book · review

Permanent Rose (2005)

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Maybe, the reason why a lot of adults like me still love reading young adult books is that we all need an escape from the tiring grown-up world. It’s like a getaway after long hard days of being adults :p

This book is a part of Casson Family series. But I guess each book could be read as a single work. Never read any of Hilary McKay’s writings before this, but I could instantly say she’s brilliant. So, Permanent Rose was actually a name. She was the smallest one among four siblings in the Cassons’ house. I love weird families. Like this one right here. Rose, together with her siblings, were named after colors. Saffron, Cadmium, Indigo… Their parents were artists and separated. The kids lived with their mother who spent most of her time in her she-shed, painting.

If you’re expecting for a sweet, spirit-lifting story of kids who survive without their father around, then you would probably be surprised. Especially if you are a stiff kind of parent 😁 Rose was only eight years old, but her wit was beyond her age. She was nothing like an average little girl, and I loved that. So, like what the title says, this very book tells about Rose’s story. Her biggest passion which had a human form; a boy. Of course there’s always a moral to take from every book, including this beautiful one. The family value, above all. I liked how this book shows that no matter how much you are bond as a family, each person in it is a unique individual. Let them be who they want to be.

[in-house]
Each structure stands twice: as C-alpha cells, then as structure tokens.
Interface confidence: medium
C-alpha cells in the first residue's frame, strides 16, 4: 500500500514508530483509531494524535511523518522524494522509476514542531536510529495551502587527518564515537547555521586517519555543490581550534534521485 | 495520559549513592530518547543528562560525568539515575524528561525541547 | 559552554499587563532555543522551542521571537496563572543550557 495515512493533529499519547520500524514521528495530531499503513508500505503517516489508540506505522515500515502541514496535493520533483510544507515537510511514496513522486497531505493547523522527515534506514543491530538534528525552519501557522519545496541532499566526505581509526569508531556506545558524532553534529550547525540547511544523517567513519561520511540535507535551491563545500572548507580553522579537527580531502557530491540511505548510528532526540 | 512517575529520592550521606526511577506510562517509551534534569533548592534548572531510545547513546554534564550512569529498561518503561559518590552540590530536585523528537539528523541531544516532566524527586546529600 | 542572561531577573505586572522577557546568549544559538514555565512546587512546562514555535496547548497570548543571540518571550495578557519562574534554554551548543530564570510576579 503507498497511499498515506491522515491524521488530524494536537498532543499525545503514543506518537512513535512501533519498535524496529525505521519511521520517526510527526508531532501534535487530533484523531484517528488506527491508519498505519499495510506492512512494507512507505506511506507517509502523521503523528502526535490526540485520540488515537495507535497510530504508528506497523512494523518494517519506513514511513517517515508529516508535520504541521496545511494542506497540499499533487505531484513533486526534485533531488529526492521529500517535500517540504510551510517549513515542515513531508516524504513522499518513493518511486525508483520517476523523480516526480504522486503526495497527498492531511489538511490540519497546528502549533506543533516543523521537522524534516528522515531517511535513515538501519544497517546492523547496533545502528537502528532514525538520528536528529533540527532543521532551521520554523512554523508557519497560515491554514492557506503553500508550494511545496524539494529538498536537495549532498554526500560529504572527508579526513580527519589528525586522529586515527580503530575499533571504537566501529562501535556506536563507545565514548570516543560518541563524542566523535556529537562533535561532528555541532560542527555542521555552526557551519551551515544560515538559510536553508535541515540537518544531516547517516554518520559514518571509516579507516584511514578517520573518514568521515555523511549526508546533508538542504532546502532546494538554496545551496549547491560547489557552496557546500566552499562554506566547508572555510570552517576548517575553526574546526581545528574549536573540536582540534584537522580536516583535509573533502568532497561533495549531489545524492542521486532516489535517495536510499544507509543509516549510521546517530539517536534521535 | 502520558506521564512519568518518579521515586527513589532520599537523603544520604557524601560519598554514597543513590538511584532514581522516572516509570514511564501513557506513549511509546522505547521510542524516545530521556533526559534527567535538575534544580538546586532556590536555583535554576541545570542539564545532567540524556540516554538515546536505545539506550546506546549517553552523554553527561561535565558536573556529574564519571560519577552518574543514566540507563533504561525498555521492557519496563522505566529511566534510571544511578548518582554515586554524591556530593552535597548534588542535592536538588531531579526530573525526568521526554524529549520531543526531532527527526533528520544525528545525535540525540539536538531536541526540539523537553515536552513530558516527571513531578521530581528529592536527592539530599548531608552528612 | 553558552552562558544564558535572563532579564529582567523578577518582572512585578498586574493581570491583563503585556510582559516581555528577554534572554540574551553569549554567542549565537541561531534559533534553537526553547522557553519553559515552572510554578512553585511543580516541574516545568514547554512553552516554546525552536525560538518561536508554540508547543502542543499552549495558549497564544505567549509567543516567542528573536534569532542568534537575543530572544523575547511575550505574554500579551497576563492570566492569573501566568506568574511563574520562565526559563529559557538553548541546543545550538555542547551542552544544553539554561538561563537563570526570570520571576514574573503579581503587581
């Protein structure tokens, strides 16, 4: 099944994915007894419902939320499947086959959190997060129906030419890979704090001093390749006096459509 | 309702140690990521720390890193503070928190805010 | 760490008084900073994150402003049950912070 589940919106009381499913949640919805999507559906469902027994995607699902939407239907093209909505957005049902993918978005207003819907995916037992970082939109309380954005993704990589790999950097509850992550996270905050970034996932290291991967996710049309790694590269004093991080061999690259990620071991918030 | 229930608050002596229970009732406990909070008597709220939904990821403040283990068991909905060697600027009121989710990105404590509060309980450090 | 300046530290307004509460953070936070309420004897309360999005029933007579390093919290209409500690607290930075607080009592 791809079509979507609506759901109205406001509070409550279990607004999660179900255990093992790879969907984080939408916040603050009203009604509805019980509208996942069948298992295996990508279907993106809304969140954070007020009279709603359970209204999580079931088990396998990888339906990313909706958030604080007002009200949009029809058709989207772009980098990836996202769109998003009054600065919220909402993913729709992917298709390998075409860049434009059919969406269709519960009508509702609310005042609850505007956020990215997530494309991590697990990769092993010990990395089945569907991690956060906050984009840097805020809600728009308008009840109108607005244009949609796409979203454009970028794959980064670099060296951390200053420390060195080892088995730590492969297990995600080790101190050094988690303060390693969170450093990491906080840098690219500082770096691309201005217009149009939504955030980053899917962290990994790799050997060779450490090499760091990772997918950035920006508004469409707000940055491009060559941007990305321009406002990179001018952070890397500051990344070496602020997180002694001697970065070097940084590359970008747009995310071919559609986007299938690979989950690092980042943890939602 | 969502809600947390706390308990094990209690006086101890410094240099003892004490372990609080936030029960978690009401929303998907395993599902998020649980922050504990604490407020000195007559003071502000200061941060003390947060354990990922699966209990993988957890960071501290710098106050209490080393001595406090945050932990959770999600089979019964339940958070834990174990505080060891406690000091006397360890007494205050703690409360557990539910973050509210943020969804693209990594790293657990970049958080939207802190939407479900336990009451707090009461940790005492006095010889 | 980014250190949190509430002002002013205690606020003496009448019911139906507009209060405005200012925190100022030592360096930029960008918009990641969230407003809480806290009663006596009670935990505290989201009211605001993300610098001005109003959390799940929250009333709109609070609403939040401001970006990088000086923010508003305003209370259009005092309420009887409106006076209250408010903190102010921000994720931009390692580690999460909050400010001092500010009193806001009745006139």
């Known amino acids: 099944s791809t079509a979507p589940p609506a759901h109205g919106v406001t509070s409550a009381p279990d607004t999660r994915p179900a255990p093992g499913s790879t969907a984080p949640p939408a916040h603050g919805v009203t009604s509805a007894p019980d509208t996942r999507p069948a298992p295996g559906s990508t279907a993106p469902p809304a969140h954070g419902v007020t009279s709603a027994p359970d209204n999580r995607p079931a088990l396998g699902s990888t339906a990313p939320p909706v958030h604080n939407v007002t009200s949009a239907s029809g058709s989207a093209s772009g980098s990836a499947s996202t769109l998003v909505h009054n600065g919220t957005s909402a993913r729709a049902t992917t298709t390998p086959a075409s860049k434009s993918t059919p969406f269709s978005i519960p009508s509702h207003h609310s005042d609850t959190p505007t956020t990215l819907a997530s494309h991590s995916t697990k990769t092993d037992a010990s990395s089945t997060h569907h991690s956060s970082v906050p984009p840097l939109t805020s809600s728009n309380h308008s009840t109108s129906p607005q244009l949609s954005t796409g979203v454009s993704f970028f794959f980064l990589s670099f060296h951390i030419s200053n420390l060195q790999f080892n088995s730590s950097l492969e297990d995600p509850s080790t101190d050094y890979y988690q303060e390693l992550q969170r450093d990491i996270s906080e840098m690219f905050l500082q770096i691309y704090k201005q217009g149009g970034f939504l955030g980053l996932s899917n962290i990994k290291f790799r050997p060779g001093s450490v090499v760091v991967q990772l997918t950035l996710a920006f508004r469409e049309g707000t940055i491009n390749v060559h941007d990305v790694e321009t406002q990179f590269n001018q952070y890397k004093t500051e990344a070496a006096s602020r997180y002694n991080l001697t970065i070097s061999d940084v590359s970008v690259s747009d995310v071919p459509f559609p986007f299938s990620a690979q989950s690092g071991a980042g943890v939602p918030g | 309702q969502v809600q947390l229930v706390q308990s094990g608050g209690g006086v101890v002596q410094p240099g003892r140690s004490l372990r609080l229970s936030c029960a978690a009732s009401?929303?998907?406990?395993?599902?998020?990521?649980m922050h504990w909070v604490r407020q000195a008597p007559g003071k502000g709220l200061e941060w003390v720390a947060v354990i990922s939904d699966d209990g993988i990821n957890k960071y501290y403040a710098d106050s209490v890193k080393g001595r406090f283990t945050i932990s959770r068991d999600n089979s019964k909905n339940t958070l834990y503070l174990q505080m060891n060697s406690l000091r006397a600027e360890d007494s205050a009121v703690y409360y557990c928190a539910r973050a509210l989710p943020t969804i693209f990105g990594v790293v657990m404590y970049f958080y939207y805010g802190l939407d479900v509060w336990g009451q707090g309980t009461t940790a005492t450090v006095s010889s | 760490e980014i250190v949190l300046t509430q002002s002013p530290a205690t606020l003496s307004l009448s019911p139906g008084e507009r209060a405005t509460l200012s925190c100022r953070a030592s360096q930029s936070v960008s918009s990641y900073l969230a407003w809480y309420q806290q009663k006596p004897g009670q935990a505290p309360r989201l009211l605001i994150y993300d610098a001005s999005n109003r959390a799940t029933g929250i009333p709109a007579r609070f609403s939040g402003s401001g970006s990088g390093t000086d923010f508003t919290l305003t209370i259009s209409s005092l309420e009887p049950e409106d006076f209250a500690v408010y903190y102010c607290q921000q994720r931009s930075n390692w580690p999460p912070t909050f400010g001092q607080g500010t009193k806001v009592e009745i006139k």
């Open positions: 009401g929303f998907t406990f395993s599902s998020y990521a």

Her family conflicts get nicely weaved with hers, and the way the story gets escalated makes this book hard to put down. I think some of you can even finish it in one sitting.

Something about strong, stubborn girls always gets to me. Stories about girls who know what they want and how to think for themselves are always keepers. You’d know this when you have a daughter. Or simply when you are an adult who still loves reading YA books 😄

5 thoughts on “Permanent Rose (2005)

  1. Hmm… I think most of the ‘good’ young adult fiction involve parenting to some extent. Maybe that’s why I like it, in addition using it as an escape from adult’s life.

    1. True. Though fictional parenting is still too overwhelming for me who’s already a parent. Maybe i’m just too chickened out to stand for my own belief in good parenting.

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